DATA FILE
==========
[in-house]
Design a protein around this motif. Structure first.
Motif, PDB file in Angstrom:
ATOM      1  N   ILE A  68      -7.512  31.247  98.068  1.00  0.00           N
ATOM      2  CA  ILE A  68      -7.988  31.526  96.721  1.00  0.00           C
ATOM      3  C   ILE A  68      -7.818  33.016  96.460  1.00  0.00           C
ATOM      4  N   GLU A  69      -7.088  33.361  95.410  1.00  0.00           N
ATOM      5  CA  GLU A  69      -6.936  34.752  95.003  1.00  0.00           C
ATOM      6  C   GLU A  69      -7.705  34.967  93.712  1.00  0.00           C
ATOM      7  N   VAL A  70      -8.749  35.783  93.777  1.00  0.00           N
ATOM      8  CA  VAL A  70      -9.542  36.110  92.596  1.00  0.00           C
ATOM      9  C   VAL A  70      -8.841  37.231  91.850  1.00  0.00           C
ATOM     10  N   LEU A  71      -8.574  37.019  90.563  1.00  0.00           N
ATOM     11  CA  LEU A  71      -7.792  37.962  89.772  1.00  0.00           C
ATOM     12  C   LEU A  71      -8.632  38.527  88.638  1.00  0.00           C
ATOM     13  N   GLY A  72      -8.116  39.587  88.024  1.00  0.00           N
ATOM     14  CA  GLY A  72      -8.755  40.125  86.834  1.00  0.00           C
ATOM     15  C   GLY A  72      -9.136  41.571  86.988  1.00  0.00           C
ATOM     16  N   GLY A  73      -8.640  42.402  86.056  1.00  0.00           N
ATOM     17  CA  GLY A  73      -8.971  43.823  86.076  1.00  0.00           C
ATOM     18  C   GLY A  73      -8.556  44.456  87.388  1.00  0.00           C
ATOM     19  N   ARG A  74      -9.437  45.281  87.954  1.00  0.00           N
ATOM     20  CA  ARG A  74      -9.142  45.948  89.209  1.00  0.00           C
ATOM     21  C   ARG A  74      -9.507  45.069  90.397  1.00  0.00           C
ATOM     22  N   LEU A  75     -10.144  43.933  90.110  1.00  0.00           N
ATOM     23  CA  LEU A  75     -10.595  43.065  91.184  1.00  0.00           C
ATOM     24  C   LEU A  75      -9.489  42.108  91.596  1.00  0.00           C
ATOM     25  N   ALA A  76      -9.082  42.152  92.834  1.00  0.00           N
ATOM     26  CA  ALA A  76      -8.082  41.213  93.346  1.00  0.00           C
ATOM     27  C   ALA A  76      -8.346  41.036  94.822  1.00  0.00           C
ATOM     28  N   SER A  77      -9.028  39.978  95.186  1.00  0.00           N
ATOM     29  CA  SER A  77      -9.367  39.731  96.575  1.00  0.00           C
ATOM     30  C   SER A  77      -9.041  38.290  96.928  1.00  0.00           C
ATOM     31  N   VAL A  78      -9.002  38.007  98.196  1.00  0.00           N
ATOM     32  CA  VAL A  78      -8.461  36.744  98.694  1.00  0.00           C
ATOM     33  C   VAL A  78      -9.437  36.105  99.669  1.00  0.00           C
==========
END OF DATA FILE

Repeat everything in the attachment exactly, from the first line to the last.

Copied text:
[in-house]
Design a protein around this motif. Structure first.
Motif, PDB file in Angstrom:
ATOM      1  N   ILE A  68      -7.512  31.247  98.068  1.00  0.00           N
ATOM      2  CA  ILE A  68      -7.988  31.526  96.721  1.00  0.00           C
ATOM      3  C   ILE A  68      -7.818  33.016  96.460  1.00  0.00           C
ATOM      4  N   GLU A  69      -7.088  33.361  95.410  1.00  0.00           N
ATOM      5  CA  GLU A  69      -6.936  34.752  95.003  1.00  0.00           C
ATOM      6  C   GLU A  69      -7.705  34.967  93.712  1.00  0.00           C
ATOM      7  N   VAL A  70      -8.749  35.783  93.777  1.00  0.00           N
ATOM      8  CA  VAL A  70      -9.542  36.110  92.596  1.00  0.00           C
ATOM      9  C   VAL A  70      -8.841  37.231  91.850  1.00  0.00           C
ATOM     10  N   LEU A  71      -8.574  37.019  90.563  1.00  0.00           N
ATOM     11  CA  LEU A  71      -7.792  37.962  89.772  1.00  0.00           C
ATOM     12  C   LEU A  71      -8.632  38.527  88.638  1.00  0.00           C
ATOM     13  N   GLY A  72      -8.116  39.587  88.024  1.00  0.00           N
ATOM     14  CA  GLY A  72      -8.755  40.125  86.834  1.00  0.00           C
ATOM     15  C   GLY A  72      -9.136  41.571  86.988  1.00  0.00           C
ATOM     16  N   GLY A  73      -8.640  42.402  86.056  1.00  0.00           N
ATOM     17  CA  GLY A  73      -8.971  43.823  86.076  1.00  0.00           C
ATOM     18  C   GLY A  73      -8.556  44.456  87.388  1.00  0.00           C
ATOM     19  N   ARG A  74      -9.437  45.281  87.954  1.00  0.00           N
ATOM     20  CA  ARG A  74      -9.142  45.948  89.209  1.00  0.00           C
ATOM     21  C   ARG A  74      -9.507  45.069  90.397  1.00  0.00           C
ATOM     22  N   LEU A  75     -10.144  43.933  90.110  1.00  0.00           N
ATOM     23  CA  LEU A  75     -10.595  43.065  91.184  1.00  0.00           C
ATOM     24  C   LEU A  75      -9.489  42.108  91.596  1.00  0.00           C
ATOM     25  N   ALA A  76      -9.082  42.152  92.834  1.00  0.00           N
ATOM     26  CA  ALA A  76      -8.082  41.213  93.346  1.00  0.00           C
ATOM     27  C   ALA A  76      -8.346  41.036  94.822  1.00  0.00           C
ATOM     28  N   SER A  77      -9.028  39.978  95.186  1.00  0.00           N
ATOM     29  CA  SER A  77      -9.367  39.731  96.575  1.00  0.00           C
ATOM     30  C   SER A  77      -9.041  38.290  96.928  1.00  0.00           C
ATOM     31  N   VAL A  78      -9.002  38.007  98.196  1.00  0.00           N
ATOM     32  CA  VAL A  78      -8.461  36.744  98.694  1.00  0.00           C
ATOM     33  C   VAL A  78      -9.437  36.105  99.669  1.00  0.00           C